The Art of Not Knowing
We generally associate accomplishment in any field with “knowing.” Finding, discovering, establishing. Who would ever think that not knowing could align with anything more glorious than ignorance? We live in an age of information where certainty is celebrated, where each faction knows that it is right. To not know can only mean you are likely to be left behind, to have no voice. And yet, not knowing can actually be the anchor to which artists, scientists, and believers cling. Ignorance drives discovery and wonder propels science. Keats called it “Negative Capability”—the willingness to treasure uncertainty, live with mystery, and embrace ambiguity.
When I first started directing, I used to get little scraps of paper and a floor plan and meticulously block out all the movements of the characters in every scene. But I’ve given that up—and not out of laziness. I realized after many painful mistakes that I don’t have enough information to make those decisions before rehearsals start. I “don’t know” how the words of the playwright are going to collide with the actors, how nuances of motivation will be revealed as we explore the text in rehearsal. And as scary as it can be, I feel safer going into rehearsals not knowing how the blocking of the play will proceed. I take a deep breath and trust that it will be revealed to us as we delve into the mystery of the text.
Actors need to even more ruthlessly develop and nurture a state of “not knowing.” Planning how they will deliver a line can sentence an actor to utter mediocrity. The audience can sense that the actor is saying the line the same way every time, and the sense of spontaneity is lost. Actors must endlessly study the given circumstances and inner life of the character and then trust themselves to just “show up” without a preconceived plan, and let the play happen to them. They can have no idea what the precise stimulus from the other actors will be because it changes every time, and if they plan their responses too concretely, the sense of moment-to-moment authenticity is lost. Going out on stage not knowing what will happen is a terrifying prospect; and yet great acting is born from the courage to face the fear of “not knowing” and trust the moment to reveal itself.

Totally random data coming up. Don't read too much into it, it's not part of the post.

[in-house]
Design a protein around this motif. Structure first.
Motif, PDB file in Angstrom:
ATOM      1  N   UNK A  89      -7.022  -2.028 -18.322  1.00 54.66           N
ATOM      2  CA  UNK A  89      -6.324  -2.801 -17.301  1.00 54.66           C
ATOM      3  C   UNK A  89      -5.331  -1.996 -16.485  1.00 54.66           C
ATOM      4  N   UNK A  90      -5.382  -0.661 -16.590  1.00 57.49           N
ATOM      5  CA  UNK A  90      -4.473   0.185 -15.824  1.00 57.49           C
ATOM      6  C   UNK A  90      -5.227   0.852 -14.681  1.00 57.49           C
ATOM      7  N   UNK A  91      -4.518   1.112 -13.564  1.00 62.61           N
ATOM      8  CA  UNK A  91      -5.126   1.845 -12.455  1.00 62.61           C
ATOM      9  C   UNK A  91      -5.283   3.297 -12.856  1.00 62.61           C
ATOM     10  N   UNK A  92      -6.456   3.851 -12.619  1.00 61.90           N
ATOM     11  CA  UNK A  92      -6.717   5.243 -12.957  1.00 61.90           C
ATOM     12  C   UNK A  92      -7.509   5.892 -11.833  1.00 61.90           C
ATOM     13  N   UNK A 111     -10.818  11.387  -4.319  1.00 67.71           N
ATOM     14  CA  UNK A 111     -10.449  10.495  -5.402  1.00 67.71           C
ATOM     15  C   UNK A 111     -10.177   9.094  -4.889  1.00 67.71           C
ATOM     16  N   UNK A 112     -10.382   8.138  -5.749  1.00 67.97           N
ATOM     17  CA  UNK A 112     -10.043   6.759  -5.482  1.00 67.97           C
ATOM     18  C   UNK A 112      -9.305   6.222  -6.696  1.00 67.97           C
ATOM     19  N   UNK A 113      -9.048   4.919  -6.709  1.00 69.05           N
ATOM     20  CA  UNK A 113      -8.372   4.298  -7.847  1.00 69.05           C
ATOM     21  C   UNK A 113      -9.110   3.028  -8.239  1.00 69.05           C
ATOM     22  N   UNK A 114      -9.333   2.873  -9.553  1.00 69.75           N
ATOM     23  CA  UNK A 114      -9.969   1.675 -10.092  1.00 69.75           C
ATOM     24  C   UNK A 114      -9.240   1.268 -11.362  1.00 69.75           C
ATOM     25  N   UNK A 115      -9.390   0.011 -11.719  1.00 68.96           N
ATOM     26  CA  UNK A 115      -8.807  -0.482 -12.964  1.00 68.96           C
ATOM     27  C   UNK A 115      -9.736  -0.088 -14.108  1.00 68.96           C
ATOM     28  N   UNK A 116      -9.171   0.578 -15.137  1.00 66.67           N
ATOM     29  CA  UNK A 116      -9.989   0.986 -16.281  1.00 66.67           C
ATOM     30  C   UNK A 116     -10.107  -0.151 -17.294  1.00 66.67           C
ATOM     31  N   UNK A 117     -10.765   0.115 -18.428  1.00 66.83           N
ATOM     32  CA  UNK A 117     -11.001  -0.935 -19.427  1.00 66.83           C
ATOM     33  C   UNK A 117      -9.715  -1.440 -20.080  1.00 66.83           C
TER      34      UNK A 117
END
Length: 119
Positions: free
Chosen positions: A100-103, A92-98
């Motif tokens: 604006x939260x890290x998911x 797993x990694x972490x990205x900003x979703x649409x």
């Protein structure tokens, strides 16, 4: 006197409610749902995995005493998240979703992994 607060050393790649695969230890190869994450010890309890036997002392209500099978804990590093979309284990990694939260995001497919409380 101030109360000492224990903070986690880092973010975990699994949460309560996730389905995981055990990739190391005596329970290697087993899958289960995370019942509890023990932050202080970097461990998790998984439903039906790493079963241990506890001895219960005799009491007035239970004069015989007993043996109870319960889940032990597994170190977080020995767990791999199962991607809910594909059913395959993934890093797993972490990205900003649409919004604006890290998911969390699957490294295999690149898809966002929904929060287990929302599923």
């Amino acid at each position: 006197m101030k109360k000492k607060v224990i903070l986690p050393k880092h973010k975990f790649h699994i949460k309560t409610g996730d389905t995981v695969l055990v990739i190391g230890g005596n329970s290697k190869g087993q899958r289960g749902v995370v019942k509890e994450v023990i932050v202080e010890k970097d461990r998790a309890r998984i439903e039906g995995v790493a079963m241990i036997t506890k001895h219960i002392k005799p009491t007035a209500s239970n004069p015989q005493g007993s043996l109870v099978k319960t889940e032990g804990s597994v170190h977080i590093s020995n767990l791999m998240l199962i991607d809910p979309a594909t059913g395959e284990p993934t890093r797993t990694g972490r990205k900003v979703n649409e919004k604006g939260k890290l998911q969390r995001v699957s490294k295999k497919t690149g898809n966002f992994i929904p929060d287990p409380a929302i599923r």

As a designer, I am a terrible procrastinator because I hate to draw. Instead, I drive and walk around imagining the set endlessly before I commit to paper. Hundreds of little virtual sketches are created and destroyed in my head, dozens of approaches entertained and discarded. The ironic and lucky lesson that came out of my procrastination was that if I started drawing too soon, my designs would be sorely limited by lines on paper that are hard to take back once they are committed to. But I do have to face down the fear every time that the set will never get done because I have not started drawing.
We discover in acting, directing, and designing, that it is more prudent to stay in a place of mystery—of “not knowing”—as long as possible. It reminds me of what I hear about “staying in the moment” in the practice of Zen. In life, we tend to be wallowing in the past or worrying about the future. Thich Nhat Han, the Zen master, says, “It is only by living in the not knowing of the present moment that joy can be found.” As Socrates said, “The only true wisdom is in knowing you know nothing.” If we embrace those wisdoms, in theatre and in life, it will be terrifying but also freeing. To face that we are lost. To surrender. Being totally immersed in the present is to embrace uncertainty and mystery. Inspirations are what we seek and they will only come if we allow ourselves to get lost.
We are taught to “know” through our intellect. Our educations are about collecting and regurgitating facts. As artists, we do a lot of research. We watch videos of characters similar to the one we are about to act, we pore through architecture and design books for something that will work for our set. As directors, we read reviews of previous productions and what other directors had to say about the play. We study. We try to “know” with our brain. As the great artist Agnes Martin said, “If you go the way of inspiration, you will have to give up decisions. We can hardly imagine giving up the intellect. But the intellectual way and the inspired way are different. If you are an artist, the intellectual way has to be given up.” As hard as it is to practice, I believe art and life can only be realized in this very moment. In that state of “not knowing” what will happen next, we trust ourselves to fall forward into inspiration and joy.
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